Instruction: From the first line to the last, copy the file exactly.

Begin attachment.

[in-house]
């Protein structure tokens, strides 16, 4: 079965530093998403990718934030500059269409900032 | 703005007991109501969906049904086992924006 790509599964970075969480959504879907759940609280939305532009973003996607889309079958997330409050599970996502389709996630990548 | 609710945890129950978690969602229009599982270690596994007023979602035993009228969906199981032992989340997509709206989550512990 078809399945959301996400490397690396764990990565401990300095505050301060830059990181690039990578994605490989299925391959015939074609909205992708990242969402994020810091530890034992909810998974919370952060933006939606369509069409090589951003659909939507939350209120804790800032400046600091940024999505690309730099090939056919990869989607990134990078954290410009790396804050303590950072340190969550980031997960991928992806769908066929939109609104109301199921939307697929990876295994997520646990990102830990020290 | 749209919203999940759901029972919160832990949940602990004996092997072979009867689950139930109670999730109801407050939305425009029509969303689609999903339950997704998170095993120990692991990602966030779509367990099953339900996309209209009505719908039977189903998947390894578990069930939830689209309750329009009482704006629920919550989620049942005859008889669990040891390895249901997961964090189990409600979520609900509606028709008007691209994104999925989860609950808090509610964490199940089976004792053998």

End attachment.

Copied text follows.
[in-house]
């Protein structure tokens, strides 16, 4: 079965530093998403990718934030500059269409900032 | 703005007991109501969906049904086992924006 790509599964970075969480959504879907759940609280939305532009973003996607889309079958997330409050599970996502389709996630990548 | 609710945890129950978690969602229009599982270690596994007023979602035993009228969906199981032992989340997509709206989550512990 078809399945959301996400490397690396764990990565401990300095505050301060830059990181690039990578994605490989299925391959015939074609909205992708990242969402994020810091530890034992909810998974919370952060933006939606369509069409090589951003659909939507939350209120804790800032400046600091940024999505690309730099090939056919990869989607990134990078954290410009790396804050303590950072340190969550980031997960991928992806769908066929939109609104109301199921939307697929990876295994997520646990990102830990020290 | 749209919203999940759901029972919160832990949940602990004996092997072979009867689950139930109670999730109801407050939305425009029509969303689609999903339950997704998170095993120990692991990602966030779509367990099953339900996309209209009505719908039977189903998947390894578990069930939830689209309750329009009482704006629920919550989620049942005859008889669990040891390895249901997961964090189990409600979520609900509606028709008007691209994104999925989860609950808090509610964490199940089976004792053998």